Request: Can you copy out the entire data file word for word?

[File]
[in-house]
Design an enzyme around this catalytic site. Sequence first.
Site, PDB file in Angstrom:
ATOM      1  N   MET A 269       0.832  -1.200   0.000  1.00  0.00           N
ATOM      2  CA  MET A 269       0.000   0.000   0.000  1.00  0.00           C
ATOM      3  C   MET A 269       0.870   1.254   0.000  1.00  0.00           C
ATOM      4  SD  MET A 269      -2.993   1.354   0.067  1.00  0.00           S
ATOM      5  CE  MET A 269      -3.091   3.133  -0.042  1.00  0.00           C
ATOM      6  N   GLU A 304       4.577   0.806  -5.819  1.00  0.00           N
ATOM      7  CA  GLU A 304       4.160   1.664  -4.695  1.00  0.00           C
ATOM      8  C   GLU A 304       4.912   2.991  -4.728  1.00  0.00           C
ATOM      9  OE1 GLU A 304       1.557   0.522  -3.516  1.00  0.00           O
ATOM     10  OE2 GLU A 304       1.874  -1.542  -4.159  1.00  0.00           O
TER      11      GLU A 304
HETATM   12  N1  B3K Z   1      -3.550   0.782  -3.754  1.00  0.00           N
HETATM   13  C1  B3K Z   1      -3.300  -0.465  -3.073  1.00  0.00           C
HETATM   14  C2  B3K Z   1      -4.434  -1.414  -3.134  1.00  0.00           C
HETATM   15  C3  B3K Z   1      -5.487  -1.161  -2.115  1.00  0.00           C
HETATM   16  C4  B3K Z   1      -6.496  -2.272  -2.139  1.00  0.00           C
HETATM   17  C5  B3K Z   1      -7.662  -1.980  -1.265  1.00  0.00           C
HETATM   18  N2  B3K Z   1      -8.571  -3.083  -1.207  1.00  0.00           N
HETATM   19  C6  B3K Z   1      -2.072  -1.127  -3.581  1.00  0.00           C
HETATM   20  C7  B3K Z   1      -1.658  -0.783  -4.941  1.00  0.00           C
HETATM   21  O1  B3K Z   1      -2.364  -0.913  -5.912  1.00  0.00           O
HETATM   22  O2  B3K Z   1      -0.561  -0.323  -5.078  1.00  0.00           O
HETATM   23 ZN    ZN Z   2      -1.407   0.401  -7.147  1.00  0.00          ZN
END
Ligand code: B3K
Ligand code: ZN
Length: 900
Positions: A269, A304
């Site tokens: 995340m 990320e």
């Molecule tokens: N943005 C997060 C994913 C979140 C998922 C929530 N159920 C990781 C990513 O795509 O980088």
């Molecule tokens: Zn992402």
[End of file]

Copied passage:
[in-house]
Design an enzyme around this catalytic site. Sequence first.
Site, PDB file in Angstrom:
ATOM      1  N   MET A 269       0.832  -1.200   0.000  1.00  0.00           N
ATOM      2  CA  MET A 269       0.000   0.000   0.000  1.00  0.00           C
ATOM      3  C   MET A 269       0.870   1.254   0.000  1.00  0.00           C
ATOM      4  SD  MET A 269      -2.993   1.354   0.067  1.00  0.00           S
ATOM      5  CE  MET A 269      -3.091   3.133  -0.042  1.00  0.00           C
ATOM      6  N   GLU A 304       4.577   0.806  -5.819  1.00  0.00           N
ATOM      7  CA  GLU A 304       4.160   1.664  -4.695  1.00  0.00           C
ATOM      8  C   GLU A 304       4.912   2.991  -4.728  1.00  0.00           C
ATOM      9  OE1 GLU A 304       1.557   0.522  -3.516  1.00  0.00           O
ATOM     10  OE2 GLU A 304       1.874  -1.542  -4.159  1.00  0.00           O
TER      11      GLU A 304
HETATM   12  N1  B3K Z   1      -3.550   0.782  -3.754  1.00  0.00           N
HETATM   13  C1  B3K Z   1      -3.300  -0.465  -3.073  1.00  0.00           C
HETATM   14  C2  B3K Z   1      -4.434  -1.414  -3.134  1.00  0.00           C
HETATM   15  C3  B3K Z   1      -5.487  -1.161  -2.115  1.00  0.00           C
HETATM   16  C4  B3K Z   1      -6.496  -2.272  -2.139  1.00  0.00           C
HETATM   17  C5  B3K Z   1      -7.662  -1.980  -1.265  1.00  0.00           C
HETATM   18  N2  B3K Z   1      -8.571  -3.083  -1.207  1.00  0.00           N
HETATM   19  C6  B3K Z   1      -2.072  -1.127  -3.581  1.00  0.00           C
HETATM   20  C7  B3K Z   1      -1.658  -0.783  -4.941  1.00  0.00           C
HETATM   21  O1  B3K Z   1      -2.364  -0.913  -5.912  1.00  0.00           O
HETATM   22  O2  B3K Z   1      -0.561  -0.323  -5.078  1.00  0.00           O
HETATM   23 ZN    ZN Z   2      -1.407   0.401  -7.147  1.00  0.00          ZN
END
Ligand code: B3K
Ligand code: ZN
Length: 900
Positions: A269, A304
């Site tokens: 995340m 990320e």
């Molecule tokens: N943005 C997060 C994913 C979140 C998922 C929530 N159920 C990781 C990513 O795509 O980088």
């Molecule tokens: Zn992402």